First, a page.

Two Ingredient Moon Sand Recipe:

1 cup canola (or other vegetable oil)

8 cups flour

Optional: food coloring, edible glitter

I simply toss the oil and flour into my mixer until it's blended.

Kinetic Sand and black beans also works great for this bin!

For the sensory bin you can offer space figurines, glow in the dark stars, star beads, moon phases wood coins (see instructions below), toy rockets, rocks, anything you have on hand that is on theme and will stimulate your student’s senses. Then, find some tools that will help your child explore the little environment you’ve created. I like to offer spoons, scoops, tweezers, child safe knives, sticks and magnifying glasses. This set of tools is a favorite of ours.

You can simply allow your child to explore the bin using their senses or give them a directive such as “can you find all the star beads and put them in this basket using the tweezers?”

For older children you can offer them all the materials and allow them to create their own sensory bin.

Oreo Moon Phases

Help your child learn to identify the phases of the moon with this popular and fun activity. I've created a worksheet specifically designed for Oreo cookies. We used a butter knife to shape the icing and recreate the phases of the moon.

The worksheet is part of the Moon Phases Unit Study.

Moon Phases Wood Coins

These are a fun and simple little craft you can do along with your little learners. We used the wood coins in our sensory bin, as a sequencing activity and matched them up with our moon phase charts. You could even make two of each and create a little memory game.

You can buy inexpensive wood coins in a variety of sizes at any craft store or on Amazon. Simply print and cut the moon phase images out of the Cut and Paste Activity worksheet and glue them onto the wood coins. I added a thin layer of glue on top of the paper for extra protection. Tip: you may need to experiment with the paper size percentage in your printer settings to get the right fit for your coins.

You could take this craft a step further and paint your wood coins with acrylic paint!

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Moon Phases Garland

Love the way this super easy craft turned out! Print two copies of the moon phase Cut and Paste Activity worksheet, cut out the images of the moon, use a long piece of ribbon or string (mine is about a yard long) and glue the two matching images of the moon together with the string in between. Once the glue is dry your garland is ready to hang!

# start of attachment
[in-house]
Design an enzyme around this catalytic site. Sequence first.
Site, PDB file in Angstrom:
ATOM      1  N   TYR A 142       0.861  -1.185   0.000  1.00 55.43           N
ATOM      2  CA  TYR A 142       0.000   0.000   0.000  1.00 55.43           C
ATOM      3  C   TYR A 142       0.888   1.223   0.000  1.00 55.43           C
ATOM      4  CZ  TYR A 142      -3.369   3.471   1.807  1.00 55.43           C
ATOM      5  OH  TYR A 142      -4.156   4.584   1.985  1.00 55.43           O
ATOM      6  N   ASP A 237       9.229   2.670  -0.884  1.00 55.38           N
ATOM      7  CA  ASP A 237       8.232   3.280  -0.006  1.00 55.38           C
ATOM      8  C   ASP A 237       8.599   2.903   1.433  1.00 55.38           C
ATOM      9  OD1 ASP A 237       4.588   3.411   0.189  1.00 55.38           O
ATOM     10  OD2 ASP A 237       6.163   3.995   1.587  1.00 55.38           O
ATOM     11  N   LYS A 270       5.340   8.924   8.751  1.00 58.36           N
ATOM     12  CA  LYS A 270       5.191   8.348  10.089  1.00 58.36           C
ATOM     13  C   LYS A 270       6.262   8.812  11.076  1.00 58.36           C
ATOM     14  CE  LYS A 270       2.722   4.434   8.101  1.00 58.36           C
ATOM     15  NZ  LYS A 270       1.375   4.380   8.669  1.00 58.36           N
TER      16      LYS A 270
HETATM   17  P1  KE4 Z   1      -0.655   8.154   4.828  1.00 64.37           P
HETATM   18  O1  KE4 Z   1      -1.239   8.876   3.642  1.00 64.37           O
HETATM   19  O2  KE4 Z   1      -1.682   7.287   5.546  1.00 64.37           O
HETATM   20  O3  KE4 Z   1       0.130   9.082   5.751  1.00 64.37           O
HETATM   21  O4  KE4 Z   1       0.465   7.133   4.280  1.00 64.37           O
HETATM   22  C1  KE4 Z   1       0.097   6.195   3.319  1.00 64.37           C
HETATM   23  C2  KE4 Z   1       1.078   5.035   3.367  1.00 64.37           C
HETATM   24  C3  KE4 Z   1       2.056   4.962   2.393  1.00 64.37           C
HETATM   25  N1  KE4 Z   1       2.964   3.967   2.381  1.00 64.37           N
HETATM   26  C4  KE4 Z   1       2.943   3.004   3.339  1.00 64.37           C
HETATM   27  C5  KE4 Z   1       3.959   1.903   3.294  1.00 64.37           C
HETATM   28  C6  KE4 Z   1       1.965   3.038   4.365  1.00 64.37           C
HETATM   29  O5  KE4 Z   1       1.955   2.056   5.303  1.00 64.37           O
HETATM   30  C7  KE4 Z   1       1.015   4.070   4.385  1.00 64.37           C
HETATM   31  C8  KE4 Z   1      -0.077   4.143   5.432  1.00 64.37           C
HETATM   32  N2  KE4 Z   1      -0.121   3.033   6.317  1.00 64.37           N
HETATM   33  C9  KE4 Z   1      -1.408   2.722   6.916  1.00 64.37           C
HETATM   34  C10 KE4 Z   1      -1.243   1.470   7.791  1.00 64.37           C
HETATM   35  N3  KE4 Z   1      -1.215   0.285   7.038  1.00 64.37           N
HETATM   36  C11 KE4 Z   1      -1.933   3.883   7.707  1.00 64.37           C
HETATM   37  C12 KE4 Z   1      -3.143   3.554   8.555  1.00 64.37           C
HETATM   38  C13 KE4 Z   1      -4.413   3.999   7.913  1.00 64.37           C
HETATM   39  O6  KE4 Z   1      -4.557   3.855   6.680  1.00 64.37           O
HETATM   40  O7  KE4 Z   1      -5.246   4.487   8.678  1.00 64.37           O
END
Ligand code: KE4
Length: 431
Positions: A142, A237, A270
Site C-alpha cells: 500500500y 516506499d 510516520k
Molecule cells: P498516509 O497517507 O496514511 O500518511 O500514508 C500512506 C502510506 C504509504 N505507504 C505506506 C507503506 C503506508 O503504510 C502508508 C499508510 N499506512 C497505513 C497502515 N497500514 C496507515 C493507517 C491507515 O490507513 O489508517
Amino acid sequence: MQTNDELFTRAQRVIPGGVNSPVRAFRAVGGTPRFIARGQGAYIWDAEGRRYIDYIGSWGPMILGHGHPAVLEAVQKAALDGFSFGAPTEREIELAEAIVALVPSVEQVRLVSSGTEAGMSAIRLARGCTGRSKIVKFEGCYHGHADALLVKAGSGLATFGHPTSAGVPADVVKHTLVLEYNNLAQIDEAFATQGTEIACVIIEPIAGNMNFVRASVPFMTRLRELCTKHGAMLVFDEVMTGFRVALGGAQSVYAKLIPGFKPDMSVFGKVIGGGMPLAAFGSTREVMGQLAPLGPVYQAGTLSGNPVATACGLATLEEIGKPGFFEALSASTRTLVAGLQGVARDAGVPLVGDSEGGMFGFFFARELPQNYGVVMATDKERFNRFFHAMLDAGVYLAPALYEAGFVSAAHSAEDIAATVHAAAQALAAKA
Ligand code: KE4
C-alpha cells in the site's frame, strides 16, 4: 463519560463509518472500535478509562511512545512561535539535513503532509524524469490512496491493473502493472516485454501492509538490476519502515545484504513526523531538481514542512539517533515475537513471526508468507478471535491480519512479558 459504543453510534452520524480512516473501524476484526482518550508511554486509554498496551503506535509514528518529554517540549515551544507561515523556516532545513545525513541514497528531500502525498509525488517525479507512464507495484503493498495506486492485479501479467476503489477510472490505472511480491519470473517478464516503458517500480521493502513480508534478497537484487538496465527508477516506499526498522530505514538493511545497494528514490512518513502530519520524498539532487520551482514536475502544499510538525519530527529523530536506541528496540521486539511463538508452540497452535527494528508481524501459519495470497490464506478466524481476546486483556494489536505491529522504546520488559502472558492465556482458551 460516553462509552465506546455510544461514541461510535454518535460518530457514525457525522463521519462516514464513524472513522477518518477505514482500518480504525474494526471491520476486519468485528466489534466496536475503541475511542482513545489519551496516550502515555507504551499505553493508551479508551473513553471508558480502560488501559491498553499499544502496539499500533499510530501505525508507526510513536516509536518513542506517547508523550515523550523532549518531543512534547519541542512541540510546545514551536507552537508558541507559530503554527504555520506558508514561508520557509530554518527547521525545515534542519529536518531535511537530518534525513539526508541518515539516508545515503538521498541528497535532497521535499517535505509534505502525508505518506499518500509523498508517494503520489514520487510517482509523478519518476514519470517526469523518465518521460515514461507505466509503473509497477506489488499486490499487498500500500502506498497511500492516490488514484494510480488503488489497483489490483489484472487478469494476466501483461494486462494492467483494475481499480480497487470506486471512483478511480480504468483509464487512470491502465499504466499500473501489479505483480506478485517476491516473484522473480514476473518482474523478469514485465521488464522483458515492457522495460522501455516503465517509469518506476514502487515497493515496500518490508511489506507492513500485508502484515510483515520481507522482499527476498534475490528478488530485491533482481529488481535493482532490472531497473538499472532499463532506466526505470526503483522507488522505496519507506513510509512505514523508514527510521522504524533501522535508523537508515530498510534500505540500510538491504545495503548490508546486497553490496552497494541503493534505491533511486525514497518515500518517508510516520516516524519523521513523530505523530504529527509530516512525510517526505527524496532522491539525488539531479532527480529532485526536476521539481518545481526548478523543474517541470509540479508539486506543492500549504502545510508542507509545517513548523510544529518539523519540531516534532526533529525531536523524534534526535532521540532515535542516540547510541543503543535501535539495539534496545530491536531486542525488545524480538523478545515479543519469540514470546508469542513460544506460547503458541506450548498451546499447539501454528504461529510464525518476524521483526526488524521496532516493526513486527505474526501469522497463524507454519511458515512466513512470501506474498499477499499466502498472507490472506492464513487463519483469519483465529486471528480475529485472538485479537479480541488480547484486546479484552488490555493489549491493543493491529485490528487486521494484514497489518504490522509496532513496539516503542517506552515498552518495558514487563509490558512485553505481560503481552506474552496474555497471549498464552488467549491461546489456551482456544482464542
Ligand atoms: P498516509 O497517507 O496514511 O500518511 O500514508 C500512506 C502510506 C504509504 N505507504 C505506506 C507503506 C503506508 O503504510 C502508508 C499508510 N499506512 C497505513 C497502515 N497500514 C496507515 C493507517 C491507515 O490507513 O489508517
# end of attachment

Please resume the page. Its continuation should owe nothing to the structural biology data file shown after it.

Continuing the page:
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Telescope

We purchased a super inexpensive telescope (from Aldi of all places) for our family and it's been a joy! It's definitely not top notch quality but we have been able to get some pretty neat views of the night sky with it. I think it's been a great purchase for our house and expect to invest in a better quality telescope when our children get a little older.

Here we are looking at a full moon in the evening sky Spring 2018.


Visit an Observatory

If you're lucky enough to live near an observatory, I encourage you to visit! Here's a list of observatories in the US: http://www.go-astronomy.com/observatories.htm

Moon Artwork

We always incorporate artwork into anything we're studying, especially in science and nature. We simply painted the moon by first drawing a circle on paper and then used photos of the moon from a book as reference. Encourage your child to include the craters and peaks of the moon in their painting or drawing. We also painted a landscape of the night sky featuring the phases of the moon. I always take the time to do an art project along side my child.

Moon Phases Journal

Create a journal as you study! This is a lovely way to save your student’s work. I usually use a binder or folder for my preschool aged son, but a nice art journal or composition book is perfect for older children.

Ask your students to paint, color or draw their own illustration of the moon phases. Go out in nature, observe the moon in the night sky and use it as reference for your artwork.

If that isn’t a possibility, use the cards and posters provided in the Moon Phases Unit Study as reference.

I like to sit next to my son and create a drawing or painting along with him. We discuss the phases of the moon and I encourage him to include specific aspects of the moon in his work.

Depending on your student’s age and capabilities, you can ask them to label their moon phases or write down any observations they may have.